Good afternoon. There have been people in the community saying that cycles' fresnel and glossy BSDF's roughness(i.e the roughness does not affect the fresnel, correctly) are not physically correct. I would like someone, preferably a developer to clarify this please. Thank you.


2 Answers 2


Nothing is physically correct, it's all approximations. (raytracers don't even implement the wave nature of light...). But you're correct in that Cycles' fresnel node is not as close an approximation as it should be. I'll let Lukas Stockner, one of the Cycles' devs, explain: https://blenderartists.org/forum/showthread.php?390686-Alternative-to-Cycles-for-Blender-users&p=2996756#post2996756

tl:dr: the true fresnel result for a non-smooth surface requires you to calculate it with the direction the ray reflects from the microscopic imperfections of the surface. But this direction is not yet known when the mix shader is evaluated, so Cycles is forced to calculate fresnel for a smooth surface.

There are various tricks to approximate the correct result that make things a little more accurate: https://youtu.be/pNiVB7tRG68 It's not perfect, but on average it will give the same result a correct shader will, so it usually looks fine.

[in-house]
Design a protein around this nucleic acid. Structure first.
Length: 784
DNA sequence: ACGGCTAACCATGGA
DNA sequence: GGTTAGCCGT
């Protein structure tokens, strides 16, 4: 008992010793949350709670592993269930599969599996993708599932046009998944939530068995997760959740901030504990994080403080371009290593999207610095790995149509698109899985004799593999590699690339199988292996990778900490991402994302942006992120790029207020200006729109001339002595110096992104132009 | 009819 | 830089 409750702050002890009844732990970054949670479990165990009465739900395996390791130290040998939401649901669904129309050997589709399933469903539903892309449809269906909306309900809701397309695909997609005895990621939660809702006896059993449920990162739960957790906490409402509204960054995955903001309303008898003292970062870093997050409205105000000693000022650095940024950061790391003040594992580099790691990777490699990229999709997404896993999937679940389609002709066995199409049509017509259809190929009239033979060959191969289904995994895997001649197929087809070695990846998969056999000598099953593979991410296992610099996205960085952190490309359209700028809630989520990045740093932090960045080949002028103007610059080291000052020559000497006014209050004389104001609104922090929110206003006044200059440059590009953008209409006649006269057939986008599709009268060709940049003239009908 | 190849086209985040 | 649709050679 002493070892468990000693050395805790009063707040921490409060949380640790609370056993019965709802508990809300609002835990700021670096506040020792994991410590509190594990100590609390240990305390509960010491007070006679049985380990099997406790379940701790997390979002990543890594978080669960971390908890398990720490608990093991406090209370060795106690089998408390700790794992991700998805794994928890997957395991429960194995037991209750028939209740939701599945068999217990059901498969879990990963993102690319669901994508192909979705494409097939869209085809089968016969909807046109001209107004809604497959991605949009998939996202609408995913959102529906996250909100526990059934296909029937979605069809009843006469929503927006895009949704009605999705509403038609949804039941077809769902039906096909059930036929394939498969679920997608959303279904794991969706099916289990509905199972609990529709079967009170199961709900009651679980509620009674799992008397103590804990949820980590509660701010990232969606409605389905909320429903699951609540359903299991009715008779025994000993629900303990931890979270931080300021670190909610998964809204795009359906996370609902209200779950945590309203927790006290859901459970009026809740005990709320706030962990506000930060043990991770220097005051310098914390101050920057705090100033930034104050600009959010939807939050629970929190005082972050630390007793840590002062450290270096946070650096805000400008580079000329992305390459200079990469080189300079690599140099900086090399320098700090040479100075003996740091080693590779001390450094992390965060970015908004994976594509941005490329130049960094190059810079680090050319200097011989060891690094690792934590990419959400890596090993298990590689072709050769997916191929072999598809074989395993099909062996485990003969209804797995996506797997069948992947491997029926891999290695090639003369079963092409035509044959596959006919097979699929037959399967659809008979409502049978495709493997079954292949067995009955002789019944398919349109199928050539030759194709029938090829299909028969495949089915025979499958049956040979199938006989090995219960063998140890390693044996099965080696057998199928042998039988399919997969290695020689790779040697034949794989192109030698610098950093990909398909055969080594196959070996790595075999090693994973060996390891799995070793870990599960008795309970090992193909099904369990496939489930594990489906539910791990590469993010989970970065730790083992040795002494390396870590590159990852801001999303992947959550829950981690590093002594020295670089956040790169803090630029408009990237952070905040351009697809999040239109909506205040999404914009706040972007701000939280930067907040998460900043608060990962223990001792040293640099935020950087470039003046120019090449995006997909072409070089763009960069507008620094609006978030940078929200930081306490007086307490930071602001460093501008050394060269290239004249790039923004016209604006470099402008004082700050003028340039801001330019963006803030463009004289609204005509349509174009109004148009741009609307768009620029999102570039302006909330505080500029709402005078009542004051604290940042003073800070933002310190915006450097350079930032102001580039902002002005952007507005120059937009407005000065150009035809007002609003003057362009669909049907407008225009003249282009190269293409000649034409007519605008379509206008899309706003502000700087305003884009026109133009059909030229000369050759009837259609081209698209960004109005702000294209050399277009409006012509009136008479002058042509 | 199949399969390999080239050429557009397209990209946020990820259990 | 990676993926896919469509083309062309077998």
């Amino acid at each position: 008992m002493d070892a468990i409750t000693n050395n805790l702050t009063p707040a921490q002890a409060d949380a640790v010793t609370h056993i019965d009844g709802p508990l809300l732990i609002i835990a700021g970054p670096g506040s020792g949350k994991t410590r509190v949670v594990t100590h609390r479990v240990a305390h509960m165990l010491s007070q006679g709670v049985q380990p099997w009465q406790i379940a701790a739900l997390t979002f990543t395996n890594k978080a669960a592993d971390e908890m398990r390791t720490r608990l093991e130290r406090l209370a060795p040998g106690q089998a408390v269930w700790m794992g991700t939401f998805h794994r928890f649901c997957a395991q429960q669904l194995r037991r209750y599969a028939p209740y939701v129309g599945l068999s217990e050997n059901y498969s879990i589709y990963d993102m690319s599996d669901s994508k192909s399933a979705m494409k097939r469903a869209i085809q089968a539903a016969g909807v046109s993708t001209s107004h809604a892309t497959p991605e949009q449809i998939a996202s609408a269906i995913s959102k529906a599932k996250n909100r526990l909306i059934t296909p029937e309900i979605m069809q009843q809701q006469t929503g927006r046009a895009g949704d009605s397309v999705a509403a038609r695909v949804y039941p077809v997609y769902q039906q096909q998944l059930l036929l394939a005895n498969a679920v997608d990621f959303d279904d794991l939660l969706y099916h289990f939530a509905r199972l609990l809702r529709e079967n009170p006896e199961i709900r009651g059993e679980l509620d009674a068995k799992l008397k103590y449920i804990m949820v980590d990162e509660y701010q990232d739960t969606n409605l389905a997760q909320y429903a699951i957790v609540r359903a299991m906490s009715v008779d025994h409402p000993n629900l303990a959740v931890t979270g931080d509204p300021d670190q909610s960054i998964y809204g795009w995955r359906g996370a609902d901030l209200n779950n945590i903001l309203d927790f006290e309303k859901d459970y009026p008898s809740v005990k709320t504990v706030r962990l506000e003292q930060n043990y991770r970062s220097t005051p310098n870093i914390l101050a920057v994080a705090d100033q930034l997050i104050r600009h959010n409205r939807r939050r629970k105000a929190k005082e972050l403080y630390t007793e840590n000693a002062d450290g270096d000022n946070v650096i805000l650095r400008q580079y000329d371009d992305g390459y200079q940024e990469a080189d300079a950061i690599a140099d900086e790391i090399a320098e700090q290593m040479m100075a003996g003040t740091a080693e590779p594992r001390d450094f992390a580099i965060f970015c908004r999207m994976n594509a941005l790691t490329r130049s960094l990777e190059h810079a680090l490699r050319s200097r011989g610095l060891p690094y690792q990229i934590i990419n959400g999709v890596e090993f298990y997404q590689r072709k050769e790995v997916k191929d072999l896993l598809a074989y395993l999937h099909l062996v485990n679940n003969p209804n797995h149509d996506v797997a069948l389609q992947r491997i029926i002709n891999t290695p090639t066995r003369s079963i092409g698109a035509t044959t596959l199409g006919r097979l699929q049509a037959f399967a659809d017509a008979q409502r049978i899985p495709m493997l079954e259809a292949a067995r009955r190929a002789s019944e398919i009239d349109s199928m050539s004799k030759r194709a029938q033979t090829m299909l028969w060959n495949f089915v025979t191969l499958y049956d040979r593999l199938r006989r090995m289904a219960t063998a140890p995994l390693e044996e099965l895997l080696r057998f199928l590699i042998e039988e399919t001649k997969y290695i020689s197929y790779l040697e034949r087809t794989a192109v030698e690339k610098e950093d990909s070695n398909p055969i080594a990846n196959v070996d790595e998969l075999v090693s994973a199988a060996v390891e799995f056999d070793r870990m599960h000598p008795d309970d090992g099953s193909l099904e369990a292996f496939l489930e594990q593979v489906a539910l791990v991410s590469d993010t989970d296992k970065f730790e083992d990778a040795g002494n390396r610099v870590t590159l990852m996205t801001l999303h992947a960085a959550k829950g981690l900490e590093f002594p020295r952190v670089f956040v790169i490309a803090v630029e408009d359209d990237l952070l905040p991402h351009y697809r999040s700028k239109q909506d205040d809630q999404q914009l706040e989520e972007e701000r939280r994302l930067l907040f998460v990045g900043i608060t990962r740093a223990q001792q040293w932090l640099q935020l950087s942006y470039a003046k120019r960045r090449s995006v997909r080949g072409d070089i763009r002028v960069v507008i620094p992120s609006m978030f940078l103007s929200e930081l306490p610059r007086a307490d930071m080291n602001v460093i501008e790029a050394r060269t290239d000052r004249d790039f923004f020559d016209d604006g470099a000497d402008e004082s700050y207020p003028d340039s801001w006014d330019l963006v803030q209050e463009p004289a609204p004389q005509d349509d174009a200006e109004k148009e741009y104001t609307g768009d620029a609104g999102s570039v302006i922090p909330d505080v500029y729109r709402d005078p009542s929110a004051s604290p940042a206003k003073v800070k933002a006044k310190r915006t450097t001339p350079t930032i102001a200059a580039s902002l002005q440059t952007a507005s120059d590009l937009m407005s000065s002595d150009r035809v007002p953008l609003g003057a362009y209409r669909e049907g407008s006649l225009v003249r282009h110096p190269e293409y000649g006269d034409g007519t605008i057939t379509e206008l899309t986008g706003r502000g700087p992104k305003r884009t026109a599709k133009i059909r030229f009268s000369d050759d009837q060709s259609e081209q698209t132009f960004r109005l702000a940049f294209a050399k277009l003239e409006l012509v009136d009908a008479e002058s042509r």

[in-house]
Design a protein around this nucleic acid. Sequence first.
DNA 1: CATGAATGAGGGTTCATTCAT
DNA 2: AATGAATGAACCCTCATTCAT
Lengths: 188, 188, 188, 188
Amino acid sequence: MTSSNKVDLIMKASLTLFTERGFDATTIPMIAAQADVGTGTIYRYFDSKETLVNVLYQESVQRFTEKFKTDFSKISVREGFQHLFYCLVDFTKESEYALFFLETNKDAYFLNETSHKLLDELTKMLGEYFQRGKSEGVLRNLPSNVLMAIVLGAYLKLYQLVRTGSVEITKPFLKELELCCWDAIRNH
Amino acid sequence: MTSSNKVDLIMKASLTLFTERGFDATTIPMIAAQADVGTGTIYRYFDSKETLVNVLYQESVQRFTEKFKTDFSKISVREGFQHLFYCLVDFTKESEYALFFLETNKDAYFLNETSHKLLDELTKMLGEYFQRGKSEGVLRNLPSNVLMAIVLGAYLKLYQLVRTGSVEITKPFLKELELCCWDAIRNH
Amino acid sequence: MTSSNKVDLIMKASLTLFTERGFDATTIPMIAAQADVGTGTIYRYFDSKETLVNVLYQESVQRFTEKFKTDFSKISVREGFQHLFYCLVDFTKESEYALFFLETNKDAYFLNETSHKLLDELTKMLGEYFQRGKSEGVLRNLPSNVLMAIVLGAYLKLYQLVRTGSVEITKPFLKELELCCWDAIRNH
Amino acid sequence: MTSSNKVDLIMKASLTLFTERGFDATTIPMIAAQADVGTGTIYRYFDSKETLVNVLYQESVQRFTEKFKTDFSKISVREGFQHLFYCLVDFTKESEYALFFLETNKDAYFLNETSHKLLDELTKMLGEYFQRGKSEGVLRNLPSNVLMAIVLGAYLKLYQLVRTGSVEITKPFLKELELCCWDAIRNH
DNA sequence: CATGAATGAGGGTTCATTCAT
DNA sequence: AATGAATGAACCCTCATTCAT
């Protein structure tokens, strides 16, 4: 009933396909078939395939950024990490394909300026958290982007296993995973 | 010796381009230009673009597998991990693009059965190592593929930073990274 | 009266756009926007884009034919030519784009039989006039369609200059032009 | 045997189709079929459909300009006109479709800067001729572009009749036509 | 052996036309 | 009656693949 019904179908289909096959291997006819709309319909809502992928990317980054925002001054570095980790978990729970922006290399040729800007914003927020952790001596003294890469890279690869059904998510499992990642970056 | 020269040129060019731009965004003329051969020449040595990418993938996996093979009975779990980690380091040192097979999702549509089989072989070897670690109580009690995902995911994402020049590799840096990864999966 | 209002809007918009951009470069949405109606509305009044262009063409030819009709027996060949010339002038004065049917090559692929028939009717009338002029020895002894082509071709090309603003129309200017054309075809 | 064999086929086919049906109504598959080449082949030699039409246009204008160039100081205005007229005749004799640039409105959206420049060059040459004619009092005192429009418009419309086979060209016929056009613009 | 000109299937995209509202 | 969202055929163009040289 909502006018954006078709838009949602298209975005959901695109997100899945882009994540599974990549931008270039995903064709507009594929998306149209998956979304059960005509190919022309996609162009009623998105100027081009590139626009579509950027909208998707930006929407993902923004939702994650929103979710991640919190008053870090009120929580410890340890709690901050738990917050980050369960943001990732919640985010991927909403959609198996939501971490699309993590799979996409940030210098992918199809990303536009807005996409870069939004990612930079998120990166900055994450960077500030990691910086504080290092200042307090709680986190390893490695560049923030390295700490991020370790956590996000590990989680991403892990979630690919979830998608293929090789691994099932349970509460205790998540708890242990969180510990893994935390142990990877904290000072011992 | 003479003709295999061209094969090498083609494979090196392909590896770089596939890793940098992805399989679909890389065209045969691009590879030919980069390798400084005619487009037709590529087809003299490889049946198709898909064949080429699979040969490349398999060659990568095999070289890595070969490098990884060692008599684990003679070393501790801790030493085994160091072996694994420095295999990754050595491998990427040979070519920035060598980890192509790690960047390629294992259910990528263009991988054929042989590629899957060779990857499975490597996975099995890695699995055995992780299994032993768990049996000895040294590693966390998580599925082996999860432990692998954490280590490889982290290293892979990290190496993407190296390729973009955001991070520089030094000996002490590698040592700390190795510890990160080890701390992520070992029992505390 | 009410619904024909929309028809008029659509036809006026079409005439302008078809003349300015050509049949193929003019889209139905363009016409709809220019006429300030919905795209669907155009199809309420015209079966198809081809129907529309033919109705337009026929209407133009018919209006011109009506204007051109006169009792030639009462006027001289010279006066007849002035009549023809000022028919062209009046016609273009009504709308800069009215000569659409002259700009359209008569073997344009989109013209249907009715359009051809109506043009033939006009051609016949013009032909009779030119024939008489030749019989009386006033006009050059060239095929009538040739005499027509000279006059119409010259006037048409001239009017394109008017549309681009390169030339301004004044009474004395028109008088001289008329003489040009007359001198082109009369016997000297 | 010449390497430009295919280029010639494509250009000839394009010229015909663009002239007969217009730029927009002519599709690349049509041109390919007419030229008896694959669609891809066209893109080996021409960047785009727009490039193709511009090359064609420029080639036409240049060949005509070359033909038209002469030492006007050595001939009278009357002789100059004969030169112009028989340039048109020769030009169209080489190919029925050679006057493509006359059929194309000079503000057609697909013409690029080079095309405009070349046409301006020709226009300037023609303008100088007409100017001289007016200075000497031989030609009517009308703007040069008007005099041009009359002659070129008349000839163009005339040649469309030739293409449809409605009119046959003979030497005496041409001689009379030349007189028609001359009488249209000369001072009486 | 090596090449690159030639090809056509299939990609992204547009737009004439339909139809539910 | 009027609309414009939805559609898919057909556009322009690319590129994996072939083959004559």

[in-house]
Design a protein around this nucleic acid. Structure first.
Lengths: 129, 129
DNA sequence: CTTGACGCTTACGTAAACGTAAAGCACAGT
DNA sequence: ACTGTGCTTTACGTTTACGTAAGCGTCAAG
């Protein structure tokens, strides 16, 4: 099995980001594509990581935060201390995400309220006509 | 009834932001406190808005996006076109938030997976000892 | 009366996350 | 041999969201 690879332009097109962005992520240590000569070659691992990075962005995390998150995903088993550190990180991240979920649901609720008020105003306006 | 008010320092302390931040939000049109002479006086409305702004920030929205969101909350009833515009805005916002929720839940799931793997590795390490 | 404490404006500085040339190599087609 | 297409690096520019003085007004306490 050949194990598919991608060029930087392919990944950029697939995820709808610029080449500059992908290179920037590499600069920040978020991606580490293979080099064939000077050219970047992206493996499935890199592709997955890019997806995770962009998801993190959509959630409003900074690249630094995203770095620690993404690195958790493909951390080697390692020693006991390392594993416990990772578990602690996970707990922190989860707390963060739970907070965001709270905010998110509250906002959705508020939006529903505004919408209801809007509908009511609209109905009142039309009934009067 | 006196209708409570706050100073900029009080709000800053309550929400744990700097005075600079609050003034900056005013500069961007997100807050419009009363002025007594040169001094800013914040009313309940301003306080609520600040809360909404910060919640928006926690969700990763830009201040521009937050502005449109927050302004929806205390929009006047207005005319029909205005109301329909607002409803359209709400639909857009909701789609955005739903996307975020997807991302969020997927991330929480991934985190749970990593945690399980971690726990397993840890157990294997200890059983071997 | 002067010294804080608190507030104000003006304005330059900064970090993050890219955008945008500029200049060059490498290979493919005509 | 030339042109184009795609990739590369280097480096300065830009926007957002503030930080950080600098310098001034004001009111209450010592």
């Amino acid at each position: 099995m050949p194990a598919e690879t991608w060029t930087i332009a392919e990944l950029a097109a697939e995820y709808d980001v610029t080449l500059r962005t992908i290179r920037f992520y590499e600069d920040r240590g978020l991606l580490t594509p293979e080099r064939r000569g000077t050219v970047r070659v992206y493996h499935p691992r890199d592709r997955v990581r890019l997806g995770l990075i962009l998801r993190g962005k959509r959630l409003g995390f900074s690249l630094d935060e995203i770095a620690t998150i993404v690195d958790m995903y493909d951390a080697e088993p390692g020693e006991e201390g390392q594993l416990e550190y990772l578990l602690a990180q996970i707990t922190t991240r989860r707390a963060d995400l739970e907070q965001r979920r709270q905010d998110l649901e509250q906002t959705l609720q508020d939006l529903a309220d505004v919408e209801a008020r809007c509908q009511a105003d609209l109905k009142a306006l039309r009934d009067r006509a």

The fresnel node is physically correct if you set the IOR to the correct value of the object. It is the glossy shader that is physically incorrect because blender doesn't reflect things correctly by default. So you have to manually plug a fresnel node into the factor of the glossy shader to make it phsyically correct.

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Here is a link to a site that has a list of IOR values: IOR


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